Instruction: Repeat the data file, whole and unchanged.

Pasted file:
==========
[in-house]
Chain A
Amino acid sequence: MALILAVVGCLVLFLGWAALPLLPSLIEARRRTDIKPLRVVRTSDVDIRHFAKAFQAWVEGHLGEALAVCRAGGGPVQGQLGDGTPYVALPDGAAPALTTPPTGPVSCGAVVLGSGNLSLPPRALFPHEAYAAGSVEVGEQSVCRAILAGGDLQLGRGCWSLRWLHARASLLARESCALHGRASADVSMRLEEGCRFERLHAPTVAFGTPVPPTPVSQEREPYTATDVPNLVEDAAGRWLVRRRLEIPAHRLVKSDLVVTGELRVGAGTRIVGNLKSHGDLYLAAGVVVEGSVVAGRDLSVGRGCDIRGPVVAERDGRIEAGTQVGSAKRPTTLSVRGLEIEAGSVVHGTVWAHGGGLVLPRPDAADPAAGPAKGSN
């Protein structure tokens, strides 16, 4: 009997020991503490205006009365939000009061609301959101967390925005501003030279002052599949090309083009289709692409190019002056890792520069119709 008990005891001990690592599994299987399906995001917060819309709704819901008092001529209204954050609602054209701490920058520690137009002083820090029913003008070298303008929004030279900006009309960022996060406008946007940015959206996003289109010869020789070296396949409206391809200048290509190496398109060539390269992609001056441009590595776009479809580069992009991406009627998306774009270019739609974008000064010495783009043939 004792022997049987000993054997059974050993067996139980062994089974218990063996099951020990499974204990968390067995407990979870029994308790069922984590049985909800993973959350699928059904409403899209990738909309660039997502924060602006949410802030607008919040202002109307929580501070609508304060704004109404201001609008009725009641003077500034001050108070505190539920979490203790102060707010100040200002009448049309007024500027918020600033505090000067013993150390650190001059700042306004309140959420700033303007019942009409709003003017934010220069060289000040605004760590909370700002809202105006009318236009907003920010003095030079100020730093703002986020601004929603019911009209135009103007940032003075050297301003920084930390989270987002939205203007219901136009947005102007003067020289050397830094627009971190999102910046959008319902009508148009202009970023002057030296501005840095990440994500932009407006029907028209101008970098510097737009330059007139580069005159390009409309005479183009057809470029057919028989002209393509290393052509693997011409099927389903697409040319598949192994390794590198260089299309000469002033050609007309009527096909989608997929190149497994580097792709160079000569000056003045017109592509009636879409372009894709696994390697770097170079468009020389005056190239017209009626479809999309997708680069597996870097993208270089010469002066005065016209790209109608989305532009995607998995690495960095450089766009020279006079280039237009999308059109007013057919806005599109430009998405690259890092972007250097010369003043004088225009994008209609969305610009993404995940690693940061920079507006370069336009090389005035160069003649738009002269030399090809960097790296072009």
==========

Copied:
[in-house]
Chain A
Amino acid sequence: MALILAVVGCLVLFLGWAALPLLPSLIEARRRTDIKPLRVVRTSDVDIRHFAKAFQAWVEGHLGEALAVCRAGGGPVQGQLGDGTPYVALPDGAAPALTTPPTGPVSCGAVVLGSGNLSLPPRALFPHEAYAAGSVEVGEQSVCRAILAGGDLQLGRGCWSLRWLHARASLLARESCALHGRASADVSMRLEEGCRFERLHAPTVAFGTPVPPTPVSQEREPYTATDVPNLVEDAAGRWLVRRRLEIPAHRLVKSDLVVTGELRVGAGTRIVGNLKSHGDLYLAAGVVVEGSVVAGRDLSVGRGCDIRGPVVAERDGRIEAGTQVGSAKRPTTLSVRGLEIEAGSVVHGTVWAHGGGLVLPRPDAADPAAGPAKGSN
């Protein structure tokens, strides 16, 4: 009997020991503490205006009365939000009061609301959101967390925005501003030279002052599949090309083009289709692409190019002056890792520069119709 008990005891001990690592599994299987399906995001917060819309709704819901008092001529209204954050609602054209701490920058520690137009002083820090029913003008070298303008929004030279900006009309960022996060406008946007940015959206996003289109010869020789070296396949409206391809200048290509190496398109060539390269992609001056441009590595776009479809580069992009991406009627998306774009270019739609974008000064010495783009043939 004792022997049987000993054997059974050993067996139980062994089974218990063996099951020990499974204990968390067995407990979870029994308790069922984590049985909800993973959350699928059904409403899209990738909309660039997502924060602006949410802030607008919040202002109307929580501070609508304060704004109404201001609008009725009641003077500034001050108070505190539920979490203790102060707010100040200002009448049309007024500027918020600033505090000067013993150390650190001059700042306004309140959420700033303007019942009409709003003017934010220069060289000040605004760590909370700002809202105006009318236009907003920010003095030079100020730093703002986020601004929603019911009209135009103007940032003075050297301003920084930390989270987002939205203007219901136009947005102007003067020289050397830094627009971190999102910046959008319902009508148009202009970023002057030296501005840095990440994500932009407006029907028209101008970098510097737009330059007139580069005159390009409309005479183009057809470029057919028989002209393509290393052509693997011409099927389903697409040319598949192994390794590198260089299309000469002033050609007309009527096909989608997929190149497994580097792709160079000569000056003045017109592509009636879409372009894709696994390697770097170079468009020389005056190239017209009626479809999309997708680069597996870097993208270089010469002066005065016209790209109608989305532009995607998995690495960095450089766009020279006079280039237009999308059109007013057919806005599109430009998405690259890092972007250097010369003043004088225009994008209609969305610009993404995940690693940061920079507006370069336009090389005035160069003649738009002269030399090809960097790296072009």